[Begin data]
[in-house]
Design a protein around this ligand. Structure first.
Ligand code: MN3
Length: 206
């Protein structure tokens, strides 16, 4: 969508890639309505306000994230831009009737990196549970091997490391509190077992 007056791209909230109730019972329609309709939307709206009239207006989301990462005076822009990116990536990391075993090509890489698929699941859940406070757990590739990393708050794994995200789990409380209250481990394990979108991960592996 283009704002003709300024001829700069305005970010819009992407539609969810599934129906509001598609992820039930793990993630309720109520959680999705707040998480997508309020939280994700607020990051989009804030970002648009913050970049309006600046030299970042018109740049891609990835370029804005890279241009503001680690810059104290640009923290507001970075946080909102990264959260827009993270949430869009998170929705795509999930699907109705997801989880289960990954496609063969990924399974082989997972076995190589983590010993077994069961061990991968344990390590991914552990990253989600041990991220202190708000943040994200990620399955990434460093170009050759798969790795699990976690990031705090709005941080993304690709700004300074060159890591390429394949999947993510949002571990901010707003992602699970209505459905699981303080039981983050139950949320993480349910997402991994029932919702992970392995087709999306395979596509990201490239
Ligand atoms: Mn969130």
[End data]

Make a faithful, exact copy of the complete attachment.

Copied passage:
[in-house]
Design a protein around this ligand. Structure first.
Ligand code: MN3
Length: 206
């Protein structure tokens, strides 16, 4: 969508890639309505306000994230831009009737990196549970091997490391509190077992 007056791209909230109730019972329609309709939307709206009239207006989301990462005076822009990116990536990391075993090509890489698929699941859940406070757990590739990393708050794994995200789990409380209250481990394990979108991960592996 283009704002003709300024001829700069305005970010819009992407539609969810599934129906509001598609992820039930793990993630309720109520959680999705707040998480997508309020939280994700607020990051989009804030970002648009913050970049309006600046030299970042018109740049891609990835370029804005890279241009503001680690810059104290640009923290507001970075946080909102990264959260827009993270949430869009998170929705795509999930699907109705997801989880289960990954496609063969990924399974082989997972076995190589983590010993077994069961061990991968344990390590991914552990990253989600041990991220202190708000943040994200990620399955990434460093170009050759798969790795699990976690990031705090709005941080993304690709700004300074060159890591390429394949999947993510949002571990901010707003992602699970209505459905699981303080039981983050139950949320993480349910997402991994029932919702992970392995087709999306395979596509990201490239
Ligand atoms: Mn969130």